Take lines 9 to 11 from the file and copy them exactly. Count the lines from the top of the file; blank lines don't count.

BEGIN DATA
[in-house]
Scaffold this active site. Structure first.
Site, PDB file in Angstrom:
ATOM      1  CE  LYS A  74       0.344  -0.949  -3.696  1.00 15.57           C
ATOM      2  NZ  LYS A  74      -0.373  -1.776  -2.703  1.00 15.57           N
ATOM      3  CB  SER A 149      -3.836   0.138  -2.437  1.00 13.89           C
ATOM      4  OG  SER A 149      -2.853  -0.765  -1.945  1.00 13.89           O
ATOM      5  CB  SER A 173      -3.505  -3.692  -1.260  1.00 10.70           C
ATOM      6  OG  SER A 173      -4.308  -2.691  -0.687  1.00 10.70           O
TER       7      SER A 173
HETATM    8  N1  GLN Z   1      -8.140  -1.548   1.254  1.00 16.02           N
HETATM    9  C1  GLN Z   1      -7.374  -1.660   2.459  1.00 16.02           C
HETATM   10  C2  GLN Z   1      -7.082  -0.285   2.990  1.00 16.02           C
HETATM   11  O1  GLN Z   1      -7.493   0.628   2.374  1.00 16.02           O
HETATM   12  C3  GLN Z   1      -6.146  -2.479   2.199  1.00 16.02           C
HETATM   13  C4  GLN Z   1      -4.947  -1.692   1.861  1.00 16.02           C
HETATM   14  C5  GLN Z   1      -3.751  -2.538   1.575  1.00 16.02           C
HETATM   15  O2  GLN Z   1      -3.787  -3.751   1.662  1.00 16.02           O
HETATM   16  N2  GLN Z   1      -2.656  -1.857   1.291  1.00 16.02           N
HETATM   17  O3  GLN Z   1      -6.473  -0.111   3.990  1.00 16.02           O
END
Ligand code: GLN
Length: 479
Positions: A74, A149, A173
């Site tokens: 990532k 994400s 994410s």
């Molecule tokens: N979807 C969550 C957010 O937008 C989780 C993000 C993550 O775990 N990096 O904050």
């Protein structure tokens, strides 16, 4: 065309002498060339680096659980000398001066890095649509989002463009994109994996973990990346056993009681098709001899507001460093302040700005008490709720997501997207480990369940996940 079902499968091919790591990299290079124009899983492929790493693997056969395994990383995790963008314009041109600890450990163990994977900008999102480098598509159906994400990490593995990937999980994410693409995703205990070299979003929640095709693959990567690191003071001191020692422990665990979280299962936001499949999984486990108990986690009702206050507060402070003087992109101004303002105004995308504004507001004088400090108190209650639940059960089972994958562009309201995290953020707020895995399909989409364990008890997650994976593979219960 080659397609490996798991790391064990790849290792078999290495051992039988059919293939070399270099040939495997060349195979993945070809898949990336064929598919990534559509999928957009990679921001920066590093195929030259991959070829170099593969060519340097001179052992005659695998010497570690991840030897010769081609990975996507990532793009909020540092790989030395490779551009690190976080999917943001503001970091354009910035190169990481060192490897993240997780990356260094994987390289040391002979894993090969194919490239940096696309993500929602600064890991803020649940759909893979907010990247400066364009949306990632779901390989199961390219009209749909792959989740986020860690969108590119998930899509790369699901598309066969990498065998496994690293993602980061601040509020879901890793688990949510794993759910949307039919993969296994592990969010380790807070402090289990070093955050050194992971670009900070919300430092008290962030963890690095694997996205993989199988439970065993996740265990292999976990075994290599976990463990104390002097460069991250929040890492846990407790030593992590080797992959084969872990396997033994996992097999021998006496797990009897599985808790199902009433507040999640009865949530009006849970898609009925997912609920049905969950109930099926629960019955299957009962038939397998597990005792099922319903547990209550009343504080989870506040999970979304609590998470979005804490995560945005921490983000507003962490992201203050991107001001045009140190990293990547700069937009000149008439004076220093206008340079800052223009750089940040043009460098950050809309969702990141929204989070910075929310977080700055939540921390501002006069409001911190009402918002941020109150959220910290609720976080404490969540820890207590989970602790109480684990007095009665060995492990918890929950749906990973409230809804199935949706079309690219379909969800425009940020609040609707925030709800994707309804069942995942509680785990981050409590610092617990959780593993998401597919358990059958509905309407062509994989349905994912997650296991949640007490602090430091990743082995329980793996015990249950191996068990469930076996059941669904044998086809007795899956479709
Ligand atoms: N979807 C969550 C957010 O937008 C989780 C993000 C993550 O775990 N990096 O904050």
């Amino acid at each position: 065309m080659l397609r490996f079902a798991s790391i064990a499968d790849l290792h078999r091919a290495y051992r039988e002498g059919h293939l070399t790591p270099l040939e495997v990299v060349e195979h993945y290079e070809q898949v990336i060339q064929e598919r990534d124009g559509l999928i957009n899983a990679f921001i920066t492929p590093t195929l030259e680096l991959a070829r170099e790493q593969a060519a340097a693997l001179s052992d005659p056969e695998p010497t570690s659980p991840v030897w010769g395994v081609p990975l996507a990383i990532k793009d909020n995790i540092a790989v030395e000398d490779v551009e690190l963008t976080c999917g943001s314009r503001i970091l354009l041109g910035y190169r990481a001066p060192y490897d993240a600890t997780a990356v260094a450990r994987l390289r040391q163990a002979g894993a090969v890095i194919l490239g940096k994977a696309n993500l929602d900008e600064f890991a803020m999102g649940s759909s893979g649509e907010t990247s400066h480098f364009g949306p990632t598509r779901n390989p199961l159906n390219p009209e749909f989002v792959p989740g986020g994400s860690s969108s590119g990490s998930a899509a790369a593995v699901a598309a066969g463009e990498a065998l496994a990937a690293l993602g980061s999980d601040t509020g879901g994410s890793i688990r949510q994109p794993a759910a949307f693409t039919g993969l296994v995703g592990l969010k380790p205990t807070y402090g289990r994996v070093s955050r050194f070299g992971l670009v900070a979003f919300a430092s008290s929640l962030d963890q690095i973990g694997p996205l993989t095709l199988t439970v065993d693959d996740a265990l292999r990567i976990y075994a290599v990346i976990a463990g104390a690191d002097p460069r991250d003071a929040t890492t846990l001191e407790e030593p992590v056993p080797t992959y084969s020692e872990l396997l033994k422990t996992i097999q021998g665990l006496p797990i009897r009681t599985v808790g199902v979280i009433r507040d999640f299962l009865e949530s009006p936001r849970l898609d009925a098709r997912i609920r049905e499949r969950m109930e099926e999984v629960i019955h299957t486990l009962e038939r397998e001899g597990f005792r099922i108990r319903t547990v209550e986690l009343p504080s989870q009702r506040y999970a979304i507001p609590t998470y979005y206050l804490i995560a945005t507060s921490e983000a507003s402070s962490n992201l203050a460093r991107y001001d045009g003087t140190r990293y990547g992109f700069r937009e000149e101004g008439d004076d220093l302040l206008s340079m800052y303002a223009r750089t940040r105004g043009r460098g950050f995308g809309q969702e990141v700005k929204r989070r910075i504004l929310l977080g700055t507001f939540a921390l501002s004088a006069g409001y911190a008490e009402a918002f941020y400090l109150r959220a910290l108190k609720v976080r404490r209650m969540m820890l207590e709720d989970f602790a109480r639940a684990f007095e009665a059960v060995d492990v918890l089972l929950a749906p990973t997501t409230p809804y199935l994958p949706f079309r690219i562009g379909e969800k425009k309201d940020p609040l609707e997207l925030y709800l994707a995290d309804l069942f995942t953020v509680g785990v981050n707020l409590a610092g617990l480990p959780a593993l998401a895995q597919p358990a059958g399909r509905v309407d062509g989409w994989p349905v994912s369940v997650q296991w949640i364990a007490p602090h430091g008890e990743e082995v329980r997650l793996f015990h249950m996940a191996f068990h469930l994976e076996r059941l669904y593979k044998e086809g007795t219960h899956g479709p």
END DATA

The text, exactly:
ATOM      6  OG  SER A 173      -4.308  -2.691  -0.687  1.00 10.70           O
TER       7      SER A 173
HETATM    8  N1  GLN Z   1      -8.140  -1.548   1.254  1.00 16.02           N